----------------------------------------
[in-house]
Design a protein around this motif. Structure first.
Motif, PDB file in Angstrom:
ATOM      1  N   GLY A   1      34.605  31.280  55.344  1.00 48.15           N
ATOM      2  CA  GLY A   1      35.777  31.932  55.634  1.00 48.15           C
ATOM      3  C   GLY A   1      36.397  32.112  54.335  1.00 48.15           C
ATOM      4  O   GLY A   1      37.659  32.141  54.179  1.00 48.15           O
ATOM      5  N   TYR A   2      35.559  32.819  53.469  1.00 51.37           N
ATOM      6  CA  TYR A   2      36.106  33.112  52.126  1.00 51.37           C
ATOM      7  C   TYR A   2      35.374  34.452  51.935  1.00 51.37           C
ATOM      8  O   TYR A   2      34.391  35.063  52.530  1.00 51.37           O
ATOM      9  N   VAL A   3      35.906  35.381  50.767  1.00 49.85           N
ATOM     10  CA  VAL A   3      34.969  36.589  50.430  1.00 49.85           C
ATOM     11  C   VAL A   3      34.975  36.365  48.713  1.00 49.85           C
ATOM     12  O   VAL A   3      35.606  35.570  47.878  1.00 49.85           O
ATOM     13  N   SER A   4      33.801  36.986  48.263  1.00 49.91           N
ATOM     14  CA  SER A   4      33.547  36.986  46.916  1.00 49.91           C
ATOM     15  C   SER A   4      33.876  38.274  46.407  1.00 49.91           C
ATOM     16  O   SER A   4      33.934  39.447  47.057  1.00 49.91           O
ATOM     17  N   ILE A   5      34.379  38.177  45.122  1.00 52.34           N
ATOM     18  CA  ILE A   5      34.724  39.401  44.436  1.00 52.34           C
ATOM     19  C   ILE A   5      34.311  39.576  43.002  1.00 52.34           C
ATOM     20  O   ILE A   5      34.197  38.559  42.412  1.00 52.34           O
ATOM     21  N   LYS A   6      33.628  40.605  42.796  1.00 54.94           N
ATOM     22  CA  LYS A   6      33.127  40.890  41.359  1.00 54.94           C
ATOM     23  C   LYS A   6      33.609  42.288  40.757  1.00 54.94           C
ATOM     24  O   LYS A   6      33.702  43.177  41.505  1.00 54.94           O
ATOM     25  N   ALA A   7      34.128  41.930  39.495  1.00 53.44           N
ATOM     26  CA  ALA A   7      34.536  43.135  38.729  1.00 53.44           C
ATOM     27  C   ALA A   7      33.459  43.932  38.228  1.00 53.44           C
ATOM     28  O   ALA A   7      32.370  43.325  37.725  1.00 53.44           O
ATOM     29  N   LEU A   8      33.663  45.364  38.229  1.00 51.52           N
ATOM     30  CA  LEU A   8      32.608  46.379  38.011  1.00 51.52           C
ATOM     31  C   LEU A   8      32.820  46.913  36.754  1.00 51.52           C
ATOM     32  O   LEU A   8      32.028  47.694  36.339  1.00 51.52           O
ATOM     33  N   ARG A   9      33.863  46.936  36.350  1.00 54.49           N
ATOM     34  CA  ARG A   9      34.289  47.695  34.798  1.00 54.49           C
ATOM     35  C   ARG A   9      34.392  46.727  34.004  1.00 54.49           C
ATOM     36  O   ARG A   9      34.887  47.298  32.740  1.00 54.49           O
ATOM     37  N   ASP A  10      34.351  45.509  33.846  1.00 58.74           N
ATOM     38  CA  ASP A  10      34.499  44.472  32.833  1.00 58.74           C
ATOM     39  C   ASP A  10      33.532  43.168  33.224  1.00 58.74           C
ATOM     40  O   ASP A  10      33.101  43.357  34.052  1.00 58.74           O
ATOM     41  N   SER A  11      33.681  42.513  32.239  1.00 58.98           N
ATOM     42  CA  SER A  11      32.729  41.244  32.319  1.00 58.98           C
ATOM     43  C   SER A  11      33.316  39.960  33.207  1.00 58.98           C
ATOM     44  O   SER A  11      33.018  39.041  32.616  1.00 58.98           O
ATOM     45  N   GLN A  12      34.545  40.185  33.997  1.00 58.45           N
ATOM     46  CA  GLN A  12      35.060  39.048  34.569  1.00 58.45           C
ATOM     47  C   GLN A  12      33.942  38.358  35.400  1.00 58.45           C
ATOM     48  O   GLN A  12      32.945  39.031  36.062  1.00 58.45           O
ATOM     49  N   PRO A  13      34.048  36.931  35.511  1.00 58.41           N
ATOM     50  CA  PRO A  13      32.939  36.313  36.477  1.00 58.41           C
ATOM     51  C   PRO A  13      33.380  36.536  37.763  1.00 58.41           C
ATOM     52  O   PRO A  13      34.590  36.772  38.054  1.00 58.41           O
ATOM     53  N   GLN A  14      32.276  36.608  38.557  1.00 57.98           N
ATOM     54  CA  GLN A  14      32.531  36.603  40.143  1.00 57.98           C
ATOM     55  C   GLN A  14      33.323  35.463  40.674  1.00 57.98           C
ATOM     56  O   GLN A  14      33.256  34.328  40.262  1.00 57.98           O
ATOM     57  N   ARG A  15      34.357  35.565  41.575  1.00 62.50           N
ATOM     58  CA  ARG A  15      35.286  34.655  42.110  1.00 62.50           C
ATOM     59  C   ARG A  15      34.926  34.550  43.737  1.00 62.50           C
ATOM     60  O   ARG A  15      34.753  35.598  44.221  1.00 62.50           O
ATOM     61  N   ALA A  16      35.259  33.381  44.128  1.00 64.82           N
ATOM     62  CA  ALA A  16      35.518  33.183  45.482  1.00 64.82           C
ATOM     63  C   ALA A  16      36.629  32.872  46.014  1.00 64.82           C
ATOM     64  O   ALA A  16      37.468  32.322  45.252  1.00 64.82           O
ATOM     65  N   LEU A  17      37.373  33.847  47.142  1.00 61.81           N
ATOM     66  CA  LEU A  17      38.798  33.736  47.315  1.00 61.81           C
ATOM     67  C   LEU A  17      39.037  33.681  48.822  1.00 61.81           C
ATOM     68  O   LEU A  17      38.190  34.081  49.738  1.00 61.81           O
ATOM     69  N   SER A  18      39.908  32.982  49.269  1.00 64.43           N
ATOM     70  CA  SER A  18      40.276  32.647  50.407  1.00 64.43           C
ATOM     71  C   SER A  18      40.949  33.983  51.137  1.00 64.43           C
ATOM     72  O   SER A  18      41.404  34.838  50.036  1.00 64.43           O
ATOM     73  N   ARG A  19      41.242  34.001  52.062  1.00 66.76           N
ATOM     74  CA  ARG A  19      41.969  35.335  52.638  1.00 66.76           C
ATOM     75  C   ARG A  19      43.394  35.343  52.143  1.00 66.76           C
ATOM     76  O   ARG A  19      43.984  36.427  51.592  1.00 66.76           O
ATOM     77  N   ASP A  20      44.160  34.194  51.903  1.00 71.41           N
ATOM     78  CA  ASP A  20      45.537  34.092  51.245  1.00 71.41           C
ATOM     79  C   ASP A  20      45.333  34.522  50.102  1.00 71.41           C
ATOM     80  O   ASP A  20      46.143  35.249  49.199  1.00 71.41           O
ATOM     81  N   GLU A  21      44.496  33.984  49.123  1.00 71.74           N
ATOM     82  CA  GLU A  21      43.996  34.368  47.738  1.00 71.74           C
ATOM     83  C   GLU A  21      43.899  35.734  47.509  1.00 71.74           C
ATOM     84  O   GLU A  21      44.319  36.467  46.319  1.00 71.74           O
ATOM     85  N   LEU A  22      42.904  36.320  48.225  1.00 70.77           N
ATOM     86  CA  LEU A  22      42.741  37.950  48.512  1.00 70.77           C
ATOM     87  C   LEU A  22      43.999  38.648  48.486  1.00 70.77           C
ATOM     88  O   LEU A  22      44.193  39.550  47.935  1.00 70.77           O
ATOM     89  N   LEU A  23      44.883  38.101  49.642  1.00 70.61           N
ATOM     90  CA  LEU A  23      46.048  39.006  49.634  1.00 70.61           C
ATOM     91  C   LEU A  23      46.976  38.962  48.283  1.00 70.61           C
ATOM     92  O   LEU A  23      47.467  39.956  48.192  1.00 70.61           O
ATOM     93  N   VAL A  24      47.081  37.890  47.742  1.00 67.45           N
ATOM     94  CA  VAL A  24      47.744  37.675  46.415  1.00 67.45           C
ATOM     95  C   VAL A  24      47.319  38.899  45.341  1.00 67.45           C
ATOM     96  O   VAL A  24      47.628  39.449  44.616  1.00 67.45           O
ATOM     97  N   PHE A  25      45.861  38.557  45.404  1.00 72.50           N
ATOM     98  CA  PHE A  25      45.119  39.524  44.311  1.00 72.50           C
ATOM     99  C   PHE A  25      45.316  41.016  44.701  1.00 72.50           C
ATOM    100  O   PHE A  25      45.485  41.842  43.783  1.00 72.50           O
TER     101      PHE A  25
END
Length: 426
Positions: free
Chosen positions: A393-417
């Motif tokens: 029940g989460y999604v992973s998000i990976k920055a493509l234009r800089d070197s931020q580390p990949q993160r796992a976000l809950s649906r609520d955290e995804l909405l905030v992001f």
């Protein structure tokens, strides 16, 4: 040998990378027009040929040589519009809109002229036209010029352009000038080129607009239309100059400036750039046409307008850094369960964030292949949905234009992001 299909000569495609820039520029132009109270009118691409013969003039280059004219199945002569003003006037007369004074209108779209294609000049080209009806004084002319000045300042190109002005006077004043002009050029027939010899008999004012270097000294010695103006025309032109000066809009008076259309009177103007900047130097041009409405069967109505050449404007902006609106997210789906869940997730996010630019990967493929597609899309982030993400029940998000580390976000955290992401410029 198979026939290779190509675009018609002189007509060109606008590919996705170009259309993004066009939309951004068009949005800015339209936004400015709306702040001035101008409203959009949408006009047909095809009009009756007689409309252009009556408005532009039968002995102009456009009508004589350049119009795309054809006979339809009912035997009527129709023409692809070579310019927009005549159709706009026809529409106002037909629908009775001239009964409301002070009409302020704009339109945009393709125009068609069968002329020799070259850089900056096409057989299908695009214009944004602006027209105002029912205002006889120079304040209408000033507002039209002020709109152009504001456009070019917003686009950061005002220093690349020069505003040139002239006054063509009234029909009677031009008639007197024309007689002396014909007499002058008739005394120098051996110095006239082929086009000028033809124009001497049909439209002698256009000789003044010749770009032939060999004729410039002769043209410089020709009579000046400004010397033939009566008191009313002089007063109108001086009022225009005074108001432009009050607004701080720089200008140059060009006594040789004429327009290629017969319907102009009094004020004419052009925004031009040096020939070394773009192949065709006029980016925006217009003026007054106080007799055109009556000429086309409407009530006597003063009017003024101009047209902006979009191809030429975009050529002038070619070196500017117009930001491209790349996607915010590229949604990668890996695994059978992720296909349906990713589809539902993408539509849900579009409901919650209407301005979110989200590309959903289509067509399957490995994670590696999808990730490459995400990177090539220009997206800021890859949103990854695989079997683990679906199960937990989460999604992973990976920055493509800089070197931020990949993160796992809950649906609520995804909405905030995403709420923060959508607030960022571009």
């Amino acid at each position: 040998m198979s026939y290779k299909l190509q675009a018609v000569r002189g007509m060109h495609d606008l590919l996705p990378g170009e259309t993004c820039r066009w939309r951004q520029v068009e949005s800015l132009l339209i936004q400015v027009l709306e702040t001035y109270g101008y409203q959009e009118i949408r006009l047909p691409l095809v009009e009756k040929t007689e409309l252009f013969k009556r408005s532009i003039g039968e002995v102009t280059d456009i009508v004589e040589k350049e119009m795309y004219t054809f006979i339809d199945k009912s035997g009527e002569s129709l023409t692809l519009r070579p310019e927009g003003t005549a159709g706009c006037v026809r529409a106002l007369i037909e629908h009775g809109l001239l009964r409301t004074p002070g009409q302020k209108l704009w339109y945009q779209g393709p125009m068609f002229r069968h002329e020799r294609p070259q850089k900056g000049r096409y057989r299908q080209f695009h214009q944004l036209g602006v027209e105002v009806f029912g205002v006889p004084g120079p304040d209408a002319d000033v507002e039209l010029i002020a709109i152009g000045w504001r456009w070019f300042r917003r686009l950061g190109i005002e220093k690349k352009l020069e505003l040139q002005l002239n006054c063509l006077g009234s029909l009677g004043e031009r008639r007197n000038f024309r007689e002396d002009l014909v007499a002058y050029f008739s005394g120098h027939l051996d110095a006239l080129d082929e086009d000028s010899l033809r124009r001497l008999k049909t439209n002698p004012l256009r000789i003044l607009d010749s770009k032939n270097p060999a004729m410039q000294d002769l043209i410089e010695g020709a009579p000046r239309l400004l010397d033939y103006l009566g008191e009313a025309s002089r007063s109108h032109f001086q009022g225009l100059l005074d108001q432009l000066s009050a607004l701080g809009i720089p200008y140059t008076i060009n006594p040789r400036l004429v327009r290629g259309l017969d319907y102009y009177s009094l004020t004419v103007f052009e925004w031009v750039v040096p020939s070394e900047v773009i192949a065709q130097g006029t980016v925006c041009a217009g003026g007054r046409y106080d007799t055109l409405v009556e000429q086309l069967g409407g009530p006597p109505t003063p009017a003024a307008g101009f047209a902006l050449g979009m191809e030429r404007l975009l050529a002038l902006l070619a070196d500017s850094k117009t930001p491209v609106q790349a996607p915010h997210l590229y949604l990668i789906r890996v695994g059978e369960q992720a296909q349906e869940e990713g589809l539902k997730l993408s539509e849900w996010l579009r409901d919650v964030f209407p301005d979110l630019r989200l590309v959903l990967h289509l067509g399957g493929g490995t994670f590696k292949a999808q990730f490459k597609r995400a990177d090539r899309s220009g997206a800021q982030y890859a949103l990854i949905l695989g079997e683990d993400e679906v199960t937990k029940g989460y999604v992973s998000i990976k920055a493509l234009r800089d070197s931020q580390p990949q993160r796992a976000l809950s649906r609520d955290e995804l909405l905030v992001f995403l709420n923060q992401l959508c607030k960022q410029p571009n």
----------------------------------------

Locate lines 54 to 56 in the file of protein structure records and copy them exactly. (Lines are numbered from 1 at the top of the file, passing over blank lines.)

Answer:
ATOM     51  C   PRO A  13      33.380  36.536  37.763  1.00 58.41           C
ATOM     52  O   PRO A  13      34.590  36.772  38.054  1.00 58.41           O
ATOM     53  N   GLN A  14      32.276  36.608  38.557  1.00 57.98           N